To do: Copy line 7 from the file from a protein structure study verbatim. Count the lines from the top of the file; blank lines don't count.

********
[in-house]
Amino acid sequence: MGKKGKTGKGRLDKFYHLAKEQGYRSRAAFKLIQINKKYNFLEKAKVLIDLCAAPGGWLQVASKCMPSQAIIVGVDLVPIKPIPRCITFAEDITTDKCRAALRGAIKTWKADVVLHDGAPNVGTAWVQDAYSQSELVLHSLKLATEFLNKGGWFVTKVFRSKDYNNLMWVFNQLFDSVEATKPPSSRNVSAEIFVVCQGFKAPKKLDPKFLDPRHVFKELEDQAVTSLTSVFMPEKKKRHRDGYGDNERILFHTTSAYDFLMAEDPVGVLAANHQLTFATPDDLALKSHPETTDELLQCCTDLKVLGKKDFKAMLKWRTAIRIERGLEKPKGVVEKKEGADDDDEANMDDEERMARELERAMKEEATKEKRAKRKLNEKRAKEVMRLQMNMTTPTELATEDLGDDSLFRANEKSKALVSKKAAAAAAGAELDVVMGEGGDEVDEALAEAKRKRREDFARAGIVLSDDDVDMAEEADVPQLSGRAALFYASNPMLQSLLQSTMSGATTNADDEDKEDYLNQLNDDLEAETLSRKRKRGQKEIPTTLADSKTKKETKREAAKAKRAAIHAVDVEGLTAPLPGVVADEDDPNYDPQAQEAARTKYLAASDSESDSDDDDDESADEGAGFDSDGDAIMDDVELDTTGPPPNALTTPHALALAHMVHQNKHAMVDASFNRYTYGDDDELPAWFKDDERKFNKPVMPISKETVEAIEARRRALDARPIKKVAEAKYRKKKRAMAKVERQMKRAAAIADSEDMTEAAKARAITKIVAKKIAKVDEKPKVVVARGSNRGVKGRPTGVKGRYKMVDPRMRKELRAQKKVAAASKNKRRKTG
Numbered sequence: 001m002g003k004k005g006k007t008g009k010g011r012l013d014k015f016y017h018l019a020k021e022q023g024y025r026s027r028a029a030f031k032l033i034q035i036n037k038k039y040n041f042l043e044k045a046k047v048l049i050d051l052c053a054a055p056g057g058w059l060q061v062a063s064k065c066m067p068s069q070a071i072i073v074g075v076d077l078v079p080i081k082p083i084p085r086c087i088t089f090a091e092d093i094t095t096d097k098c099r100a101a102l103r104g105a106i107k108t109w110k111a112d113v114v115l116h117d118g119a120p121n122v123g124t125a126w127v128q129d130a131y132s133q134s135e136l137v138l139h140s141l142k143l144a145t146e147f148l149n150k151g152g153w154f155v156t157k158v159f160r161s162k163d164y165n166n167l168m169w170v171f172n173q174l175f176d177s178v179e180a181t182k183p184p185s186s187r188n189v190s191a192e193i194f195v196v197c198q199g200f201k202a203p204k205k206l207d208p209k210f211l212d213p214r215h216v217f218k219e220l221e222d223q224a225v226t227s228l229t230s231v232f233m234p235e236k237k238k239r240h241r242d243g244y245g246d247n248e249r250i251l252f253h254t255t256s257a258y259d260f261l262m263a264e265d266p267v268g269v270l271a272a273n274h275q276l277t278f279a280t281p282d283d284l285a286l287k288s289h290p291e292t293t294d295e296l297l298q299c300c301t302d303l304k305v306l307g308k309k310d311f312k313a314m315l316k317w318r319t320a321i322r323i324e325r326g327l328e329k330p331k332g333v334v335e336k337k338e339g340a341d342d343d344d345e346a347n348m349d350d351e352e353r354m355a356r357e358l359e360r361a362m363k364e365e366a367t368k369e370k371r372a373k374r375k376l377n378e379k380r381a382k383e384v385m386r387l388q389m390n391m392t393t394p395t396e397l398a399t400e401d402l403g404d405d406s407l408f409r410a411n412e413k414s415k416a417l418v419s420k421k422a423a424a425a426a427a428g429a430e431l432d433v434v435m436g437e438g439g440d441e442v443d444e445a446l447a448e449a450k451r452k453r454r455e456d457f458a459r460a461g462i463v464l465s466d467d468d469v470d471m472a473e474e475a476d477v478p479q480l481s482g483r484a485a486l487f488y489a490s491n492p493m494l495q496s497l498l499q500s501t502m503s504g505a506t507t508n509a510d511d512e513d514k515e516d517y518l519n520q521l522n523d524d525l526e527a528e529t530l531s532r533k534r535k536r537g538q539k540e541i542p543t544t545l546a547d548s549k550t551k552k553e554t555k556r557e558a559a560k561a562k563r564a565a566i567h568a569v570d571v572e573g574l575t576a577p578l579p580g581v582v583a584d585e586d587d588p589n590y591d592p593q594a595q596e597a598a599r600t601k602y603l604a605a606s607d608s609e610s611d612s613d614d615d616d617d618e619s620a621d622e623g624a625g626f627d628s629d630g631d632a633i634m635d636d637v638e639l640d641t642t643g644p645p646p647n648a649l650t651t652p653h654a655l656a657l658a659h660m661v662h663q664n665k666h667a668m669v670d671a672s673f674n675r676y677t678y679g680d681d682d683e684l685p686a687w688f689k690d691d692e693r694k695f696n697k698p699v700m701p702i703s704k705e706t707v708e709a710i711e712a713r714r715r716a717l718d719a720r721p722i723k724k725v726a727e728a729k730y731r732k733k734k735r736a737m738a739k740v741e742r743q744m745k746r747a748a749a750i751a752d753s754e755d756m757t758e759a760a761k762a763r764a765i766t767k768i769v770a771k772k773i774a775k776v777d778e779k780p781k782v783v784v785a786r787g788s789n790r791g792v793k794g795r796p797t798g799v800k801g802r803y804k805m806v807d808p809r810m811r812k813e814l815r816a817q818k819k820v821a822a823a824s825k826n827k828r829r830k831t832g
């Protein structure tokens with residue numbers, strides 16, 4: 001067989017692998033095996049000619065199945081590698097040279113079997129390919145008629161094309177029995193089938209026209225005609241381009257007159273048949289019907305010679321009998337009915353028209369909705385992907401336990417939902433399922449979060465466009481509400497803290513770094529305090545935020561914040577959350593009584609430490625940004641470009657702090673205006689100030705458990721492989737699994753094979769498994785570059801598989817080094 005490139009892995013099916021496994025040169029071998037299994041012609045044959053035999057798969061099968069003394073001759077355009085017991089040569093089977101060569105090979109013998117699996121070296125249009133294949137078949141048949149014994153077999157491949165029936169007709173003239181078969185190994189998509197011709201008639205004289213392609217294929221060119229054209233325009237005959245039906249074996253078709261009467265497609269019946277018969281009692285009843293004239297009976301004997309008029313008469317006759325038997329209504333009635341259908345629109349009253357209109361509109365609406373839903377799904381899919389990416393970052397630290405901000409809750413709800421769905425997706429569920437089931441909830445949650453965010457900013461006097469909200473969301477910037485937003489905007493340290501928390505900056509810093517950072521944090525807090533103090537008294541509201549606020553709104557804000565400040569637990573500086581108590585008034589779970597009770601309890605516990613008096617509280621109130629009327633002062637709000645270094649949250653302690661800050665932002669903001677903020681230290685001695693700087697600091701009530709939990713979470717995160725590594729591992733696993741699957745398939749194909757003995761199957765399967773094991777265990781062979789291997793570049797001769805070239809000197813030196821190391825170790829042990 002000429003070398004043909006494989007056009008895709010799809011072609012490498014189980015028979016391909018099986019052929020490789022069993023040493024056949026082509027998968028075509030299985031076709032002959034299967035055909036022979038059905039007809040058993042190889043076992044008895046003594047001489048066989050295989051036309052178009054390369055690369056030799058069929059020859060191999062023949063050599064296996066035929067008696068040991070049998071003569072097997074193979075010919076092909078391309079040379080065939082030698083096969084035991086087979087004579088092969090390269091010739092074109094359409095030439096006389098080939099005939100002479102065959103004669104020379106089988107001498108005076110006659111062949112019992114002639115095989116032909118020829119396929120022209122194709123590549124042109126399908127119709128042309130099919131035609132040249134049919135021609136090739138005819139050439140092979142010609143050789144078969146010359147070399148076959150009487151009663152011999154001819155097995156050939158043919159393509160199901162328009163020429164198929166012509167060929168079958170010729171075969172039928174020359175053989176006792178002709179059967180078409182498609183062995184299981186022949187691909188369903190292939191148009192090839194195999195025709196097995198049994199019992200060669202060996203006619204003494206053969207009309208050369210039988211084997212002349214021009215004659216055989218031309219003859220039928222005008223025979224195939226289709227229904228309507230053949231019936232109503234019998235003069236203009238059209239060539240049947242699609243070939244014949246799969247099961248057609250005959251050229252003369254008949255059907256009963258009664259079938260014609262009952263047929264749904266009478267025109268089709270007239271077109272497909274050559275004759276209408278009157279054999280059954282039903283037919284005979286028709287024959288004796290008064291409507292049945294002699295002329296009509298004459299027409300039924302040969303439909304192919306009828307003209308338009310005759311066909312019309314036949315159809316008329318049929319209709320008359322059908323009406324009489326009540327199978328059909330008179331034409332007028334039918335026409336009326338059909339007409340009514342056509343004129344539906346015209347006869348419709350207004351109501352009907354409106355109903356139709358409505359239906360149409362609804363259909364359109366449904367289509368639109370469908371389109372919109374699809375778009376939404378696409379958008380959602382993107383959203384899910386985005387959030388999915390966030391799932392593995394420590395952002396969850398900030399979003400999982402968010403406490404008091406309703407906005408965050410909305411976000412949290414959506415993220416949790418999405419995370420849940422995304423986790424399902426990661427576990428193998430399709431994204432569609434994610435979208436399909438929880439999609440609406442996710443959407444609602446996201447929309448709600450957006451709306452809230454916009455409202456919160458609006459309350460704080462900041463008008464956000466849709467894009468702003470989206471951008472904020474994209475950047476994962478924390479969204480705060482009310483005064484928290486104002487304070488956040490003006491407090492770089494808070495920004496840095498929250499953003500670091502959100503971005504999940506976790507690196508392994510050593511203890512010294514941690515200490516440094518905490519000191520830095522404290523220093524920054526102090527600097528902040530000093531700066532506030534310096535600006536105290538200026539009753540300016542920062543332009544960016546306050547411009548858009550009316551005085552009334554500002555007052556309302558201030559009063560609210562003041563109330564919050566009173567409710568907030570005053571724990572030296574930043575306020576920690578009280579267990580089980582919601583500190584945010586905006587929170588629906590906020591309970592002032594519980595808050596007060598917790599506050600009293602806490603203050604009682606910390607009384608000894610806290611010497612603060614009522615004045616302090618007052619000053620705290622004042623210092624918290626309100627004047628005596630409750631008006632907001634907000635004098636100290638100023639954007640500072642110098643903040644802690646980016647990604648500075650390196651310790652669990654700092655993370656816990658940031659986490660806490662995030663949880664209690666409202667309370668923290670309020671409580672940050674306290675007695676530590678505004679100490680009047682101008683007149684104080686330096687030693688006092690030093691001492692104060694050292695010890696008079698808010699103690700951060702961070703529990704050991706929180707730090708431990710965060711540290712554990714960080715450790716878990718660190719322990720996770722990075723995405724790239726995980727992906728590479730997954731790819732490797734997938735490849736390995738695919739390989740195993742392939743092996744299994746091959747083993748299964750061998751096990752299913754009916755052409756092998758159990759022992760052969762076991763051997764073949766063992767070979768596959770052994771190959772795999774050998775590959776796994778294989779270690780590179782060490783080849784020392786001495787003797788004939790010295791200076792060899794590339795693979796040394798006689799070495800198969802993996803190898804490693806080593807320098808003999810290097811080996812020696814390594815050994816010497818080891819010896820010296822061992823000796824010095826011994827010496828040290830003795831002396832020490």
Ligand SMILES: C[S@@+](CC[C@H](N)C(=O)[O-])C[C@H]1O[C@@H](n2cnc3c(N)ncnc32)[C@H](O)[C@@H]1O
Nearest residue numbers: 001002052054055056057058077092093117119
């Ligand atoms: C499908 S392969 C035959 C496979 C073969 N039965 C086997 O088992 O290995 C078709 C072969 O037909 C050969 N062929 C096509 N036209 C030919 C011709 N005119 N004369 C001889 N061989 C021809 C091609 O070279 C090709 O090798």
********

């Ligand atoms: C499908 S392969 C035959 C496979 C073969 N039965 C086997 O088992 O290995 C078709 C072969 O037909 C050969 N062929 C096509 N036209 C030919 C011709 N005119 N004369 C001889 N061989 C021809 C091609 O070279 C090709 O090798």